Financial crisis ushers in global change
Exactly a year ago, the collapse of Lehman Brothers triggered worldwide shock and panic that sent the global financial system into convulsion. The Great Crash of 2008 marked the most dangerous and terrifying phase of a global crisis that began with the collapse of the US housing market. Because much of it involved arcane finance, regulatory oversight, and accounting standards, attention has mostly been focused on the financial and economic issues. But, like the Great Depression, what is arguably the greatest crisis of global finance capitalism has already caused a fundamental realignment in the relationships between nations, and the balance of power among them. When the financial crisis is over, its political fallout may stay with us for much longer.
This crisis has seriously weakened the free-market ideology that has dominated economic discourse, development strategies and trade relationships since the collapse of the Soviet Union. It has lent impetus to state capitalism and intervention, a mode of government championed by many developing countries, most notably by China.
From the most advanced capitalist economies to poor developing countries, much of the world has seen the state becoming the dominant economic actor. Washington, rather than New York, is now the financial capital of the US; Whitehall, rather than the City of London, is where the major financial decisions are made. There is no doubt that governments in the West only intervened to ease the damage from the crisis and have every intention to exit the private sector expeditiously. But free-market capitalism is not supposed to work like this. Western government bailouts - committed at taxpayer expense - are the polar opposite of the belt-tightening that countries in Asia were told they must undergo during the Asian financial crisis a decade ago because of their profligacy, irresponsibility and underdeveloped markets. This does not mean Anglo-American capitalism has failed, but its attraction and persuasive power have been greatly diminished. For some, Western-style liberal democracy has also been tainted through its close association with the markets. There is a danger that more developing countries will slow down, or even reject, necessary market and political reforms that have done much to pull so many of their citizens out of extreme poverty and make their governments more accountable.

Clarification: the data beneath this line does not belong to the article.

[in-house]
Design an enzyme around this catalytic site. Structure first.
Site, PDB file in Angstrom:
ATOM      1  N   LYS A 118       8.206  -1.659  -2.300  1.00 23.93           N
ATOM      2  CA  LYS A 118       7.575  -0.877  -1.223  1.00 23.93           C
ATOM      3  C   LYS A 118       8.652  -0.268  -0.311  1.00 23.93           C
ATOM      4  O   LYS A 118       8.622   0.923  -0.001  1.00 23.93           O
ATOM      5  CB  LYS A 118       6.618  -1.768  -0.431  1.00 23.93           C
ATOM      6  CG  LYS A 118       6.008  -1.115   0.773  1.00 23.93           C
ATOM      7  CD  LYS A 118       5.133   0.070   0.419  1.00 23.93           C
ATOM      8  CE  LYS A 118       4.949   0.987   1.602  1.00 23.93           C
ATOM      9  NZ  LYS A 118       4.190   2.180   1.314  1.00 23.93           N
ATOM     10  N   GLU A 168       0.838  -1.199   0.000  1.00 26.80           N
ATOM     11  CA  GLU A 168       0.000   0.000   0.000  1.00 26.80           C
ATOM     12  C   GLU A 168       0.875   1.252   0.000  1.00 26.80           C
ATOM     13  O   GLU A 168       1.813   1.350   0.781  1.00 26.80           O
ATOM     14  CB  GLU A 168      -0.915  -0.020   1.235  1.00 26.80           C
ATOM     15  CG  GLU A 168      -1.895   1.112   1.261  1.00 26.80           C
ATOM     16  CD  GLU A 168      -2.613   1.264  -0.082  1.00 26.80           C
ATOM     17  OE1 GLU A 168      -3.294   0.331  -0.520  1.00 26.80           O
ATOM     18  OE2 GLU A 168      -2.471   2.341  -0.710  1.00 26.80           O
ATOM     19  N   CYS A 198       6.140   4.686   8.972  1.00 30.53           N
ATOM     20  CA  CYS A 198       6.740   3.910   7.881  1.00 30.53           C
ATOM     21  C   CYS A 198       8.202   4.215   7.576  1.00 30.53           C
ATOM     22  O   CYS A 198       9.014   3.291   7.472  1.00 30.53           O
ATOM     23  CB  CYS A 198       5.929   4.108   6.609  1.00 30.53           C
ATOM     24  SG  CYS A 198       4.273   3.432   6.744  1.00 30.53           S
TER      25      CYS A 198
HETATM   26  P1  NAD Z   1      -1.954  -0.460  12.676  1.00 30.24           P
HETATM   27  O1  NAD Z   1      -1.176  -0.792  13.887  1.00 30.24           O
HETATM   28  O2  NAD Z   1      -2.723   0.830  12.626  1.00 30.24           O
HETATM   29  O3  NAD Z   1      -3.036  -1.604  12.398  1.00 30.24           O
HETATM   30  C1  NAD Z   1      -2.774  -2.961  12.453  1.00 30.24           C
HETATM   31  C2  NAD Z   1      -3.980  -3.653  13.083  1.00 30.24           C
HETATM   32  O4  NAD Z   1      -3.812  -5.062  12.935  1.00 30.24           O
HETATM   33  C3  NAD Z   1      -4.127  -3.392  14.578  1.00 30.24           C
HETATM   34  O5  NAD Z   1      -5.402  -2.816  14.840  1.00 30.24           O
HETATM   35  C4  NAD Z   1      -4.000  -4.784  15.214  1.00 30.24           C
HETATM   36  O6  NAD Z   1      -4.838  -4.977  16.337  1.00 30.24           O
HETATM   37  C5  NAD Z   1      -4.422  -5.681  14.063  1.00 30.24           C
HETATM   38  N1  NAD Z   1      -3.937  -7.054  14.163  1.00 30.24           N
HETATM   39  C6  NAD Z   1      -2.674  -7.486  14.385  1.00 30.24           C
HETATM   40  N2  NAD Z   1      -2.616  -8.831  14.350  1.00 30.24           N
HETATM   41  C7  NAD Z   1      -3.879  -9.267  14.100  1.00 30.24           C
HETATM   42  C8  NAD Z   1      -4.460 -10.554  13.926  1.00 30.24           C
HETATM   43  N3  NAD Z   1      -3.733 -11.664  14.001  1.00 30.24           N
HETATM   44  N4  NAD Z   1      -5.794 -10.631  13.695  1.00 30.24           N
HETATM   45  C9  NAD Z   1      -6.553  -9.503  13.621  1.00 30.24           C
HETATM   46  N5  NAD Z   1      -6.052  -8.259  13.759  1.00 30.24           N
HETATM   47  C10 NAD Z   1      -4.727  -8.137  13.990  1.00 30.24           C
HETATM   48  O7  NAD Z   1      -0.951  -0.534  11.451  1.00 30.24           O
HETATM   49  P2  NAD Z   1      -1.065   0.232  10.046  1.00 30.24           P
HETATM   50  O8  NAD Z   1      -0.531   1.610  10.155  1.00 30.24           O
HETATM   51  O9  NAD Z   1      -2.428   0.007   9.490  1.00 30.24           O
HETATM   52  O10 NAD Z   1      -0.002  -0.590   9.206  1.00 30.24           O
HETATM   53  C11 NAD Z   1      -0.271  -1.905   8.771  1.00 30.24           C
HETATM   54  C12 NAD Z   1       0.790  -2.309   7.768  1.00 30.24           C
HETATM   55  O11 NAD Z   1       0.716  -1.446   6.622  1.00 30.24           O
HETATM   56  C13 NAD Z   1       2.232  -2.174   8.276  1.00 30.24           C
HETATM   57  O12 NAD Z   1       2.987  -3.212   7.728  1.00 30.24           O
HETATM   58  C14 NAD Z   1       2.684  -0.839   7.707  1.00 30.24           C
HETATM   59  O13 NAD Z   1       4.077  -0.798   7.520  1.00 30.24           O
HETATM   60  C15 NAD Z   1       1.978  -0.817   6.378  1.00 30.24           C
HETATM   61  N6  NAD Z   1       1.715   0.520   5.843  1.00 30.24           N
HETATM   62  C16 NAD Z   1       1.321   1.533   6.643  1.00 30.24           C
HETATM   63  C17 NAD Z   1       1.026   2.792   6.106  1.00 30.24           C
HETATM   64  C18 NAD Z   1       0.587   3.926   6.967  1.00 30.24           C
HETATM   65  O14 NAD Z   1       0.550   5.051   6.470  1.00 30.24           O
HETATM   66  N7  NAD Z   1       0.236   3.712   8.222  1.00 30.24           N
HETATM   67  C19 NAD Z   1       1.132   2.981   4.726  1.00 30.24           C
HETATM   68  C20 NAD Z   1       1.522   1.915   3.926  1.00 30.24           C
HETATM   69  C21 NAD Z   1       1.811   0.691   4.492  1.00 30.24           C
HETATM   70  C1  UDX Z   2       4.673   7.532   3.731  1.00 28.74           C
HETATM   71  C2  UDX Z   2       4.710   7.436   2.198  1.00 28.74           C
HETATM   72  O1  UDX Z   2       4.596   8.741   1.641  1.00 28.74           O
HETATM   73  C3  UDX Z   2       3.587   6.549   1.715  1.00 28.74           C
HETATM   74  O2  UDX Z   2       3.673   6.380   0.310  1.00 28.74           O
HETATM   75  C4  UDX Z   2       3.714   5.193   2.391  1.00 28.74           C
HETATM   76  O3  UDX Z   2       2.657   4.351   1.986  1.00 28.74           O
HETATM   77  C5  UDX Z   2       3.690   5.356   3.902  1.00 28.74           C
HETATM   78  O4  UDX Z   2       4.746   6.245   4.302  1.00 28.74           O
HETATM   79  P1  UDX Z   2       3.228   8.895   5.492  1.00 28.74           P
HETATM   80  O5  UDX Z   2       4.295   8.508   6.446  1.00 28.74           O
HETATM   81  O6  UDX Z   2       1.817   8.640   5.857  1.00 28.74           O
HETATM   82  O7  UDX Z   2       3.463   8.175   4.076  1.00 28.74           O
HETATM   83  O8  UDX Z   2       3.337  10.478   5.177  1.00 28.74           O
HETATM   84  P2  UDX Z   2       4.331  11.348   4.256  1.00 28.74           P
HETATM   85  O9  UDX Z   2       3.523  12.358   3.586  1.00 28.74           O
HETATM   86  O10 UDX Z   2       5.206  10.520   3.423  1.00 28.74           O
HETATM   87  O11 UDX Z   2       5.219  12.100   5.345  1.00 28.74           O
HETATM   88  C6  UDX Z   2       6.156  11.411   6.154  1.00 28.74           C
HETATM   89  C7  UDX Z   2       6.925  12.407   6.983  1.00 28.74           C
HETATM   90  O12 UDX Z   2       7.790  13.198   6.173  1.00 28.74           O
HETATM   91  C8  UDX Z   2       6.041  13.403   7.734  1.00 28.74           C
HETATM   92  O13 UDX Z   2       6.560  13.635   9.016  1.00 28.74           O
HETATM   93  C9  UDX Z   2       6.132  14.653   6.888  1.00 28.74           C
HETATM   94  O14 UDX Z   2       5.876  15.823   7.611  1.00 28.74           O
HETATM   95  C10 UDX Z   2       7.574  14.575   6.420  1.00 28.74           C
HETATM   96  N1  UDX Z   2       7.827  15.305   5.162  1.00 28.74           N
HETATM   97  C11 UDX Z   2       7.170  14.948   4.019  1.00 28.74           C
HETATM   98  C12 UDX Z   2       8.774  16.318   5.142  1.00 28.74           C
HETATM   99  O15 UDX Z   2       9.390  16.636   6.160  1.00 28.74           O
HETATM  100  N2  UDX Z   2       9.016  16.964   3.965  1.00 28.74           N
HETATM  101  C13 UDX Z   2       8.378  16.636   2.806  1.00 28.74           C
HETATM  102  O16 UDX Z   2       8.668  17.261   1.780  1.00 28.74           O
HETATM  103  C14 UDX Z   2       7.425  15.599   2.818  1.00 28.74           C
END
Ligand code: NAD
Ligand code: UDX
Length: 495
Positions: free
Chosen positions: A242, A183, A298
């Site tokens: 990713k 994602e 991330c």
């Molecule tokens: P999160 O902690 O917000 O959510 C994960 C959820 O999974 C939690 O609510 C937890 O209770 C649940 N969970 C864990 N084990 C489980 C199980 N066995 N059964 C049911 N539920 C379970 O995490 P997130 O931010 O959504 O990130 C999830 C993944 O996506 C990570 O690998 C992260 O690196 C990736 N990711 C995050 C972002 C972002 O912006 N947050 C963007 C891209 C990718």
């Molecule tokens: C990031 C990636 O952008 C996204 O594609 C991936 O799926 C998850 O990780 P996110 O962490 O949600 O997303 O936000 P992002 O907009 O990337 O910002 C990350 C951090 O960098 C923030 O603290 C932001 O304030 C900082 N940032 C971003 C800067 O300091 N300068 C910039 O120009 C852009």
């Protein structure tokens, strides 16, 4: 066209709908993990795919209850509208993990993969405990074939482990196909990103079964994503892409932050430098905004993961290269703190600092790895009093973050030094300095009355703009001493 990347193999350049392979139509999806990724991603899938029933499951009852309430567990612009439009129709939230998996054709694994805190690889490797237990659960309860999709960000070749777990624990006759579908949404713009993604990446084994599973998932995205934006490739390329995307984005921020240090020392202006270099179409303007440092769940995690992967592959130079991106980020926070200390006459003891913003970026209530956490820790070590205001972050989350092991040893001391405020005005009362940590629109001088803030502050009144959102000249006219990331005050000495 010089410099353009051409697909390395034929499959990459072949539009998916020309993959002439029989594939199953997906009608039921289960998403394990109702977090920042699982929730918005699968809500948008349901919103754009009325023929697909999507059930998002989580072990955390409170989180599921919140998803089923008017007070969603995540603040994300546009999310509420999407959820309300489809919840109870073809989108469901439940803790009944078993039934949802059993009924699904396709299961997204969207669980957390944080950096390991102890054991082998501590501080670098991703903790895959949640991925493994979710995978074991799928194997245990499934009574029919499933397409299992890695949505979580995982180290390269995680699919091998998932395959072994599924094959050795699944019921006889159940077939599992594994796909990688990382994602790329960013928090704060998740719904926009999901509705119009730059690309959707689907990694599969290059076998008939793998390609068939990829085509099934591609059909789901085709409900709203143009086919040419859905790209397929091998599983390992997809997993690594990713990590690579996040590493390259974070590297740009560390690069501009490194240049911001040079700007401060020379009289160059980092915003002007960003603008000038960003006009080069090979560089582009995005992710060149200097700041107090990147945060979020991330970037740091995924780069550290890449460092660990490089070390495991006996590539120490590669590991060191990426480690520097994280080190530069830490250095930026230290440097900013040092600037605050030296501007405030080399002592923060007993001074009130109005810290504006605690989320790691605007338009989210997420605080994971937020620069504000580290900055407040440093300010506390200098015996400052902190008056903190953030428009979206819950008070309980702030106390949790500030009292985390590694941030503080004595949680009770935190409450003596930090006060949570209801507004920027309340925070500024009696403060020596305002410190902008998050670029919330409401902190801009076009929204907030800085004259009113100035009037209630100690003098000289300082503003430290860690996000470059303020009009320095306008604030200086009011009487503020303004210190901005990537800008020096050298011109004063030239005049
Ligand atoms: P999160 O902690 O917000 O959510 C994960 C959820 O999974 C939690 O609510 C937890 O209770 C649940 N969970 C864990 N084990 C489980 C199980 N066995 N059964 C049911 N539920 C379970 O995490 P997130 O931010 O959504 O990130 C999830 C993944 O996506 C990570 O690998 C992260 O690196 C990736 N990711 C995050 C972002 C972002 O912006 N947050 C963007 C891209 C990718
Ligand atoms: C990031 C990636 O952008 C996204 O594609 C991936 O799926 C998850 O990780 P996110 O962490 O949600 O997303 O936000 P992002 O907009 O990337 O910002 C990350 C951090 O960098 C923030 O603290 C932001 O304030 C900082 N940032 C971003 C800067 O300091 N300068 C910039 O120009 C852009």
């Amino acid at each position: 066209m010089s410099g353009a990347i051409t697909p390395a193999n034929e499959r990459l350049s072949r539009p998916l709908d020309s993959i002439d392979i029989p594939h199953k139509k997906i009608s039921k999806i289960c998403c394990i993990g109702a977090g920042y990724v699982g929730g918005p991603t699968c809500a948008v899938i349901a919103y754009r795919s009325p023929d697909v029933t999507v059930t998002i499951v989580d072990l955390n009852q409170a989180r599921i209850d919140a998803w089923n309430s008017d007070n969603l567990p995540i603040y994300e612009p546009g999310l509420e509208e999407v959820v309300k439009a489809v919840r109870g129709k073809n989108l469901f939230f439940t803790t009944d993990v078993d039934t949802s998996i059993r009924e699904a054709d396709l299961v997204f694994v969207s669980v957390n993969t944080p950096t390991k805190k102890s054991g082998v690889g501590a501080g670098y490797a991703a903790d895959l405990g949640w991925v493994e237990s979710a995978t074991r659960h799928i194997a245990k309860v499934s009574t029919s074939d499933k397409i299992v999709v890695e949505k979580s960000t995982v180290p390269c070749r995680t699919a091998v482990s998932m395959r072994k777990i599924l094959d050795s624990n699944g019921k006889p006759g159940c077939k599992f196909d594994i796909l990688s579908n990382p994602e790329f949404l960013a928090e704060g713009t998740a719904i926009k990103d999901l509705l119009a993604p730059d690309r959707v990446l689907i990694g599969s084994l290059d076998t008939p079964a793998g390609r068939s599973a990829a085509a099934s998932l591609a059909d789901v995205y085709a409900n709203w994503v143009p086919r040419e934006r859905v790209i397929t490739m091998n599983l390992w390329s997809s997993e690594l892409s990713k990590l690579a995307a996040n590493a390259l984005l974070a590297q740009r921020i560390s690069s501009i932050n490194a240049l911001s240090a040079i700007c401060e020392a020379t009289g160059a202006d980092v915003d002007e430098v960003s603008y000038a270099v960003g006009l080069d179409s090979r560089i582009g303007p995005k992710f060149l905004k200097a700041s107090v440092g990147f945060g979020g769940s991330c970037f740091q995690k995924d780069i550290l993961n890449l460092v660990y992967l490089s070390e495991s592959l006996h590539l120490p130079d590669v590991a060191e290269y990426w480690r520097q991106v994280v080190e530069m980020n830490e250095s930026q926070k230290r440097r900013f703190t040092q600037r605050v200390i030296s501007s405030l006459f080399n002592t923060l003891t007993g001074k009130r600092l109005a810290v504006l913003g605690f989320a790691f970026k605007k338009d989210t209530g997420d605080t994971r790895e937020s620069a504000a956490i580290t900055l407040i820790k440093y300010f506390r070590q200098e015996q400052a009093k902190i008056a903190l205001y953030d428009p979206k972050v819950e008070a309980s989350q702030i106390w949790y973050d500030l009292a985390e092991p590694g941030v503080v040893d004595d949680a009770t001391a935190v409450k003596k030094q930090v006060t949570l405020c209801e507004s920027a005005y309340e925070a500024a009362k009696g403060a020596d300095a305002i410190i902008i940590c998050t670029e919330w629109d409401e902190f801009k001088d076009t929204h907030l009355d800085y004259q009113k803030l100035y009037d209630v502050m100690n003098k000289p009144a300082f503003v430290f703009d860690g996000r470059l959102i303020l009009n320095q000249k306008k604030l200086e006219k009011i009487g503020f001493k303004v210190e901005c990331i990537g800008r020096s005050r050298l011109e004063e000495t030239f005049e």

By contrast, countries such as China and Russia are happy to play a dominant role in their own economies. Beijing, for example, is reversing privatisation championed by the late Deng Xiaoping as state-run enterprises increasingly dominate the private sector and take over privately held companies. Unlike Western governments, it may have no intention to exit the private market. With US$2 trillion in foreign reserves, China will also be able to expand influence and investment in regions strategic to its national interests, such as resource-rich Africa. This is not necessarily a bad thing, as many critics claim; China's phenomenal economic growth can offer valuable lessons for other developing nations. China may be unique in being able to reap comparative advantages out of the current crisis due to the decline of all the rest. But for its long-term success, it should return to the market reforms Deng initiated.
The world economy has become far too complicated and interconnected, but China can help rewrite its rules as part of a multilateral effort to make it less prone to crises. The financial crisis has given the nation an opportunity to become a responsible but powerful global player. This is a moment to exploit wisely, rather than becoming overconfident.